On May 23 at the online Libertarian National Convention, the Libertarian Party nominated Clemson University psychologist Jo Jorgensen, the party’s 1996 vice presidential nominee, for president on the fourth ballot. The next day, the party nominated podcast host Jeremy “Spike” Cohen for vice president on the third ballot. Cohen, who went into the convention as the running mate of performance artist Vermin Supreme, was not the candidate Jorgensen initially backed for the vice presidential nomination. Cohen is co-owner of Muddied Waters Media, which features his podcast (((My Fellow Americans))).
After the nomination, allegations were made in the comments at Ballot Access News that Cohen previously frequented a now-defunct hate site FuckFrance.com (FF). The site featured articles and comments largely expressing hatred for France and its people. It reached the height of its popularity in 2003 ahead of the US invasion of Iraq, which France opposed. Though the site went defunct in 2013, some of its pages are saved in the Internet Archive. From there, posts from a user with the handle SpikeCohen can be found.
Cohen, in person, mentioned during the 2020 Libertarian Party Vice Presidential debate that he had previously been a neoconservative. The user SpikeCohen from FF also expressed neoconservative views. In addition, on Vermin Supreme’s website, Cohen says his nickname “Spike” derives from a character on the film My Little Pony. Although it is not viewable on the Internet Archive, the tipster on Ballot Access News claims SpikeCohen from FF likewise used an avatar from the Pony film. Spike Cohen hails from South Carolina as did SpikeCohen on FF.
In the comments from FF, some of which can be viewed here, SpikeCohen expresses strong support for the Iraq War, opposes any Israeli concessions to the Palestinians, whom he refers to as “terrorists,” and frequently uses the terms “fag” and “faggot” to refer to the French, Iraqis, and Arabs.
With Cohen, I discussed his activism as a neo-conservative, his alleged postings on FF, his journey from neo-conservatism to libertarianism, his role on the Jorgensen-Cohen ticket, and how the ticket can improve on the 2016 performance of the party’s Gary Johnson/Bill Weld ticket, which received 3.27 percent of the popular vote.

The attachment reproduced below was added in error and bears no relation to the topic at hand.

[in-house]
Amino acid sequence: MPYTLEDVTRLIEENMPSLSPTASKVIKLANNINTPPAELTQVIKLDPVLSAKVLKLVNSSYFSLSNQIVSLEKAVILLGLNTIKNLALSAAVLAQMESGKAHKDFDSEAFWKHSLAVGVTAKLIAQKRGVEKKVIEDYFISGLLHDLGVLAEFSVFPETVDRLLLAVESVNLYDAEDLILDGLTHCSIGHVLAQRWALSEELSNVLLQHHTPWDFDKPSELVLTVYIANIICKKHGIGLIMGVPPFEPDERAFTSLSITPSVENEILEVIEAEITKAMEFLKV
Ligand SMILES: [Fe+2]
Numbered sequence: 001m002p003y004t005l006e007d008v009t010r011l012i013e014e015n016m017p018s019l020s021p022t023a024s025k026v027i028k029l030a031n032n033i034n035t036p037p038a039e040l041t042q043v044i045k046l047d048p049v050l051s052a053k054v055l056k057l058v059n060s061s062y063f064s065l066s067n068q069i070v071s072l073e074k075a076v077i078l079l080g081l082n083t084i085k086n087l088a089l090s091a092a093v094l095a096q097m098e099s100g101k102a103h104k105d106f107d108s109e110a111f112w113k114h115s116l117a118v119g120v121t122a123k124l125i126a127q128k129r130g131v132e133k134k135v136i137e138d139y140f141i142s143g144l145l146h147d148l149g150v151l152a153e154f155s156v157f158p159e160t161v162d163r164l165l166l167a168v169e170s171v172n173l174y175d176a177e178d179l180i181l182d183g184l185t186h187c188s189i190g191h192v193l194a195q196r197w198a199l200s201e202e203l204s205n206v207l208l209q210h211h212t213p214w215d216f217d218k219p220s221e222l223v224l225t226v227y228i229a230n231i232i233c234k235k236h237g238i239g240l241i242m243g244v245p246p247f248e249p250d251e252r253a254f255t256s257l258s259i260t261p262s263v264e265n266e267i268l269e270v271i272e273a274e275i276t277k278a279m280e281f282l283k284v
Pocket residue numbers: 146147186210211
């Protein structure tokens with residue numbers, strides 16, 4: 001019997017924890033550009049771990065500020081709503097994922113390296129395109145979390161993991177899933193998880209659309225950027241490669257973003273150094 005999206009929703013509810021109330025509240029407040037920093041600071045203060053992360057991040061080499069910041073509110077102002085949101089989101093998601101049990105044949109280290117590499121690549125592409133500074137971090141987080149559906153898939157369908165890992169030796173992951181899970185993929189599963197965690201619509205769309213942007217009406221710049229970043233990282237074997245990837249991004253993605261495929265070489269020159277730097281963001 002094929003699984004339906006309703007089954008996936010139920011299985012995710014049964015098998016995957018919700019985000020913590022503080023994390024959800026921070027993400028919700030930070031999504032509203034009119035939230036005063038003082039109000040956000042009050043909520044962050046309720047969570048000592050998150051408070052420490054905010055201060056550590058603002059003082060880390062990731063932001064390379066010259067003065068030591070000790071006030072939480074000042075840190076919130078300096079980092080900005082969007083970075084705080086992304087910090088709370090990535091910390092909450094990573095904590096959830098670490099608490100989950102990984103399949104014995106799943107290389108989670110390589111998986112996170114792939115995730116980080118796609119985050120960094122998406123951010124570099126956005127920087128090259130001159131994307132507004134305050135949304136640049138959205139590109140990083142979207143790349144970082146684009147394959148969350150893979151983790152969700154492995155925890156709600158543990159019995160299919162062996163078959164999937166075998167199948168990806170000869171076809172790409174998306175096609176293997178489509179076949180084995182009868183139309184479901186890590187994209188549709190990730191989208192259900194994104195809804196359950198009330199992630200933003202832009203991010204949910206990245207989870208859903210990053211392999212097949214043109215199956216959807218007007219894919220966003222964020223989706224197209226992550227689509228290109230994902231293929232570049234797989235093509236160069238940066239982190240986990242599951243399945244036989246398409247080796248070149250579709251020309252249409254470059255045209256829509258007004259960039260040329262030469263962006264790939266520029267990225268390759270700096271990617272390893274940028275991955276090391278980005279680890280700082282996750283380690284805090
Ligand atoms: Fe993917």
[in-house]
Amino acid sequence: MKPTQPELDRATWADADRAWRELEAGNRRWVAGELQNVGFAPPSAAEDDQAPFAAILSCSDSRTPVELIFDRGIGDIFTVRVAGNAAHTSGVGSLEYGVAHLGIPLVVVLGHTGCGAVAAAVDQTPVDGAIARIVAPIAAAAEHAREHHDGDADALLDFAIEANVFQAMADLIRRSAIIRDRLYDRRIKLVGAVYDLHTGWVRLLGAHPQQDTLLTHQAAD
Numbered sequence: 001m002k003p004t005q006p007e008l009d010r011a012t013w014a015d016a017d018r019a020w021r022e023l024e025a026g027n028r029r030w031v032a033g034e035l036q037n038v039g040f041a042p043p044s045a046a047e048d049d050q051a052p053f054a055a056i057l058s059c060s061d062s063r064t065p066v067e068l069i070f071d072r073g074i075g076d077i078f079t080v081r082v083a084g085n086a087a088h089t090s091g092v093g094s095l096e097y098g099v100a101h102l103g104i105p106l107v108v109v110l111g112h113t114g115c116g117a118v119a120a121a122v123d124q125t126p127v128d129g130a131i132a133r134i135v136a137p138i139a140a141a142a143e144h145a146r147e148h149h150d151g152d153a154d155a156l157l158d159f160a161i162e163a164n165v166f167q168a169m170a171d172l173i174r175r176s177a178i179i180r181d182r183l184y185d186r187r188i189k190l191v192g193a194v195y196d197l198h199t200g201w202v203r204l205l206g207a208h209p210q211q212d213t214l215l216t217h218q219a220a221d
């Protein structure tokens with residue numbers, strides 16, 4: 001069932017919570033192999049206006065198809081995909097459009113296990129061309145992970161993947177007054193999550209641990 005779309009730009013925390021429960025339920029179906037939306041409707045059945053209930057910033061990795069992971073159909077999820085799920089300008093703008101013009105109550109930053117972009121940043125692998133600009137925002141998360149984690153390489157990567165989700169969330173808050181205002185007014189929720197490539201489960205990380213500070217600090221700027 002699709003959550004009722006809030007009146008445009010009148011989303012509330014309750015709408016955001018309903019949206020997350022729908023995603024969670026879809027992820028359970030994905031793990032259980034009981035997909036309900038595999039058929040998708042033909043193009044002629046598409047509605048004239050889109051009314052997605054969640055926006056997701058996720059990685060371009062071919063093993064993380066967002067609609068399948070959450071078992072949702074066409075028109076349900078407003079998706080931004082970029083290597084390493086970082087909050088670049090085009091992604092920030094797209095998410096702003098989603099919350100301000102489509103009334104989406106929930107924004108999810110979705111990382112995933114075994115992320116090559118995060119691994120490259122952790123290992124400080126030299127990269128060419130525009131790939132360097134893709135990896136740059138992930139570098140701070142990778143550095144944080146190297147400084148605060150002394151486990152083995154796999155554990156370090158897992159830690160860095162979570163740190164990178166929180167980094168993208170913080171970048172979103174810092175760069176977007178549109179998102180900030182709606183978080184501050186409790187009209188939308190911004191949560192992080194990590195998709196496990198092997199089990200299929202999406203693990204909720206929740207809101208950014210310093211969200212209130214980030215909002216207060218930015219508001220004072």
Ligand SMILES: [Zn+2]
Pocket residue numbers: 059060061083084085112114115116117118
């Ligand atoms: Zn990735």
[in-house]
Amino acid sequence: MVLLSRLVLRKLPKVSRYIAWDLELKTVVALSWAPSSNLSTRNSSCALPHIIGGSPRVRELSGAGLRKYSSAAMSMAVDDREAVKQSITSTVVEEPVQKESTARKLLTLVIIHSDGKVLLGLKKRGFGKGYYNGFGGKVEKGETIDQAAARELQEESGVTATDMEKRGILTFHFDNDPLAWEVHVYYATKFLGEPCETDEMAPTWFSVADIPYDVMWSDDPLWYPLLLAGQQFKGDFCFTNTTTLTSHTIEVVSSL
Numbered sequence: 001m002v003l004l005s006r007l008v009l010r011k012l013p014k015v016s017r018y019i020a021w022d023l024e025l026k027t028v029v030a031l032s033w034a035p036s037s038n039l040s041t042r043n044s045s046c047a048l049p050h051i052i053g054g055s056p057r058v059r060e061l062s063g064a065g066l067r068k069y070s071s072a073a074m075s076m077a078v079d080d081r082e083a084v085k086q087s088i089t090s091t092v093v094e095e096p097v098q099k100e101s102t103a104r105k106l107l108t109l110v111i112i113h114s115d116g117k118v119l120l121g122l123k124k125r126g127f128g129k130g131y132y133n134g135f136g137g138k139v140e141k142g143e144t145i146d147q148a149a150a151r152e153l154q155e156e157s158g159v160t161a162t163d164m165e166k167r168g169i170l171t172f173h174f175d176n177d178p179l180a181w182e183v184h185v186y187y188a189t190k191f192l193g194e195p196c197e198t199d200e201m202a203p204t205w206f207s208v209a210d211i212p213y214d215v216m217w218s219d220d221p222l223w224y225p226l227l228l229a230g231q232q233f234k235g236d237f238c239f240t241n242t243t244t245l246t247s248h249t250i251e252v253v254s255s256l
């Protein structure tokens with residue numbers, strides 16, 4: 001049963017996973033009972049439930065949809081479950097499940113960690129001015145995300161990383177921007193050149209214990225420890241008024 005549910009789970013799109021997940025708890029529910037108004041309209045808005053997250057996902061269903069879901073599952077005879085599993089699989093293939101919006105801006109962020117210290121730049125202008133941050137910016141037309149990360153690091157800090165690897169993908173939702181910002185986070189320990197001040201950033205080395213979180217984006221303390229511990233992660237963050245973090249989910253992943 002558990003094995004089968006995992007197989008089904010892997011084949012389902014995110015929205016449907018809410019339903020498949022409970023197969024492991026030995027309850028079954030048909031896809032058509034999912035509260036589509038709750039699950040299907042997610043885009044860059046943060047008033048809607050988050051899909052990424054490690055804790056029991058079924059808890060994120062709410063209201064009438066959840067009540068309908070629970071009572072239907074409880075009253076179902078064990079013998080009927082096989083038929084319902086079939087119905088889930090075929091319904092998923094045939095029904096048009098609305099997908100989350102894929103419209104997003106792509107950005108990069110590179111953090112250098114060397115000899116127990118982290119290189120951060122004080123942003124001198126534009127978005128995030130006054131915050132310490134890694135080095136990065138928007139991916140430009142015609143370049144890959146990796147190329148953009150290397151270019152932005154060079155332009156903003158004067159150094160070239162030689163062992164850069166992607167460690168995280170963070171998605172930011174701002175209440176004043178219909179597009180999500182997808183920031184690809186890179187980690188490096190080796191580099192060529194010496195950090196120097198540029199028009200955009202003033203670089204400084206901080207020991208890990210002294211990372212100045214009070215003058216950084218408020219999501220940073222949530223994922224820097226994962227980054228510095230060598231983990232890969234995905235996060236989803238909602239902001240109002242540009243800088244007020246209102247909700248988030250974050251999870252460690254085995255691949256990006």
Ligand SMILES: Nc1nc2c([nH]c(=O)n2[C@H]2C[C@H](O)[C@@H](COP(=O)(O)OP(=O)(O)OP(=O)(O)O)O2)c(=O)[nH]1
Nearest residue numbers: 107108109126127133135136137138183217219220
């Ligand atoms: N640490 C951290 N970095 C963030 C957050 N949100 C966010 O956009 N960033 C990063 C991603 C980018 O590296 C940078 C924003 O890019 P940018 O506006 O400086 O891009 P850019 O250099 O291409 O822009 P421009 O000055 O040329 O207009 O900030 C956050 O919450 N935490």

During the VP debate you said you used to be a neo-con. Were you active as a neo-con? If so, what did that activism consist of? And when did you stop being a neo-con?
Spike Cohen: Other than voting GOP and telling loved ones neocon stuff, I didn’t really do any activism. I started my transition away from being a neocon around 2006 or 2007, and started my transition from constitutionalist to paleocon to radical minarchist to my “final form” of being an anarchocapitalist sometime around the end of 2015, although I didn’t “come out” until 2016.
Do you recall a site called FuckFrance[dot]com? Some people have said you used to comment there.
Cohen: Possibly. I commented on a couple different neocon sites back in the early 2000s. Whatever I may have said back then I completely disavow and denounce, and have not felt that way for nearly 15 years.
What was it that turned you away from neoconservatism to begin your transition to libertarianism?
Cohen: First it was seeing how the wars in Afghanistan and Iraq actually played out, and that made me re-examine what I believed and actually form a political philosophy.
How would you describe your role as vice presidential nominee? How do you complement Jo Jorgensen on the ticket?
Cohen: I think the role of VP nominee is to help complement the ticket for the party faithful, to support the POTUS candidate, to promote her policies and beliefs (which isn’t difficult to do because they’re mine as well), to broaden the appeal of the ticket to the public, and generally to support her in running for President. I believe that Jo and I present a unique opportunity to reach voters across many age groups, and to campaign in both traditional and dynamic, cutting-edge ways to a public that is more open to an alternative to the Republicrats and their nonsense than ever before.
How can you improve on the performance of Johnson-Weld in 2016?
Cohen: Gary and Bill largely relied on outside agencies and beltway media connections to do their campaigning. A lot of complaints that I’ve heard from Libertarian activists and downballot candidates is that they felt completely left behind and unsupported in 2016. We are running an across-the-board, homegrown Libertarian campaign that is designed to lift up the whole party. We also aren’t relying on corporate media to tell our story, but instead are going to focus on viral marketing and social media reach to create earned media exposure that will force the mainstream media to pay attention to us, on our terms. We believe that will get us the 15% we need in the polls to get in the debates, and when that happens, we have a serious shot to win. Imagine having the two buffoons with a long history of contributing to our problems, and who are now barely able to form a coherent sentence, debating against an accomplished, self-made, brilliant leader who will be able to debate circles around them. And imagine me debating Mike Pence and…whoever has the misfortune of being Biden’s running mate.